Thursday, February 6, 2020

After a decade of putting stuff aside......

More so in the past than now, art galleries and museums were in the habit of sending out lots of postcards to announce new shows and exhibits.  I was on the mailing list for several places, and maybe ten years ago I started to save all the cards.  Carefully stashed them in nicely labeled boxes and thought that someday I would make art with them.

At the last meeting of my art group, the monthly prompt was "postage stamps."  After a great evening of looking at mail and stamp projects of many different sorts, I was reminded of my old idea of using those art show cards.

Kathleen Loomis, Memorial Day, 2008, Quilts Japan Prize in Quilt National 09

I have made lots of what I call "postage stamp quilts" in which tiny quilts, about the size of stamps, are machine-sewed together into an open grid.  I've also made a couple from paper, which has the advantage of not requiring the time-consuming quilting before you get to sewing the pieces together.

Fortunately the postcards were right there on the shelf, in pleasant contrast to other art materials that I know I own but can't find without serious searching.

After several days of cutting, I got to the sorting stage:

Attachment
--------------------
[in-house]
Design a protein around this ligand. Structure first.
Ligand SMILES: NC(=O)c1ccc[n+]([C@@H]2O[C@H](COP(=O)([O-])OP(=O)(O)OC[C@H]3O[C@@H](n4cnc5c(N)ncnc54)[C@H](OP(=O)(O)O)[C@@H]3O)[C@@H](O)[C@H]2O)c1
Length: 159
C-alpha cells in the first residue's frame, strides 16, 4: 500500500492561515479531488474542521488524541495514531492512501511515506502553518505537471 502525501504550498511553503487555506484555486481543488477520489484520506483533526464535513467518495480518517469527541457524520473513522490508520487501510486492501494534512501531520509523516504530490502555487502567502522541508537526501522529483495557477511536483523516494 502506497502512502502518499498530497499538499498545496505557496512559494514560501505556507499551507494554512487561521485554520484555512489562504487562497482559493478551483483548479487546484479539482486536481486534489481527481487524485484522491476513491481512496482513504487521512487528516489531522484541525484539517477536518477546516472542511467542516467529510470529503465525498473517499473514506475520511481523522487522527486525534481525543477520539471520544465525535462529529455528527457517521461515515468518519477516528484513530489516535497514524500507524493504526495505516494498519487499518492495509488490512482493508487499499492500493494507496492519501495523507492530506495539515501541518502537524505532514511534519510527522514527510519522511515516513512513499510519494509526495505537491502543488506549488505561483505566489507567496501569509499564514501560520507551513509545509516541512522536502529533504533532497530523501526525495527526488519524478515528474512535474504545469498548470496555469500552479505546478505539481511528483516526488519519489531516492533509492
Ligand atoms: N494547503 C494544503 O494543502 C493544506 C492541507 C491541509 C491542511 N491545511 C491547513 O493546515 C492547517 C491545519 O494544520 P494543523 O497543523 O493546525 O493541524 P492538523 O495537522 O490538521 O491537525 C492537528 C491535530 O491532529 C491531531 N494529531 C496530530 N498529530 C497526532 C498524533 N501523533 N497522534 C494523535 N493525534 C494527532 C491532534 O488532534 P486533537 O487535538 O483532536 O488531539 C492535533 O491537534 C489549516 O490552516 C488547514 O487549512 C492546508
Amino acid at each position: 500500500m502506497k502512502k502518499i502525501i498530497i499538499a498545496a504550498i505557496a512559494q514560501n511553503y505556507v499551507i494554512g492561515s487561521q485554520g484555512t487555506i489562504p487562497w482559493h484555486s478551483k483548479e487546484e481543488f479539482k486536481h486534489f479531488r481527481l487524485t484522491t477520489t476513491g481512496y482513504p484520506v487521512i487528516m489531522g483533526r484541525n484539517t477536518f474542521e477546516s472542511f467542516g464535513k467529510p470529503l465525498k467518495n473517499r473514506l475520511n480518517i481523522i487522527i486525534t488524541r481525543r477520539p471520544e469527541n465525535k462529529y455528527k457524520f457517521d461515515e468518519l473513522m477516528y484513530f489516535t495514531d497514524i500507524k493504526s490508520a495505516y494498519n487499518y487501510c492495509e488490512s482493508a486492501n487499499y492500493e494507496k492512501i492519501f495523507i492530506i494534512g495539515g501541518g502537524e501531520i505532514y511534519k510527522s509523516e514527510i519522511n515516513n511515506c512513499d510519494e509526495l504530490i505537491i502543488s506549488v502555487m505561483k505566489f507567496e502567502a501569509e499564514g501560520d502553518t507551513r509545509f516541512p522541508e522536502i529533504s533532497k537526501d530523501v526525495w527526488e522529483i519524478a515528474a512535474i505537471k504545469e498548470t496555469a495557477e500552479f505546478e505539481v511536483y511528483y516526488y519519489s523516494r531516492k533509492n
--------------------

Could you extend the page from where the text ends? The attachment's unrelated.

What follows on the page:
I had first thought to just sew everything together into one huge grid, but then realized that first, one huge grid would be harder to sew, harder to hang and less appealing to purchase.  And second, that the bits of card had many different kinds of imagery and I could find smaller theme groupings that would be more interesting.

So here is the start of a grid of hard-edged graphics, mostly orange and blue:

And here's a finished grid of little landscape scenes:

Sorry for the glare -- it's impossible to take a decent photo because the glossy card stock is so reflective.  Fortunately these pieces don't need to be photographed for jurors -- they can go straight to the wall for my show this summer.


  1. Kathleen, what is the size of your finished piece--the last one with the glare? I can sort of guess but the angle makes it a bit deceptive. I used to save those postcards too, now I paste the ones I like into my sketchbook and make notes about the show...if I attended or wish I had

  2. The foamcore board underneath is 30 x 40. The "stamps" are cut 2 inches square. Not sure what dimensions it will be after it's sewed.

  3. I hope you turned some over to show the real stamp? I have thousands of postcards, buy I keep mine in books for browsing..Love this

    1. I have turned over a few, but most of them are bulk-mailed so no actual stamps. Too bad!

  4. I am trying again to see if my comment goes through. I remember standing in front of your flag quilt in Quilt Nation and being totally in awe. I look forward to seeing what you do with the paper one.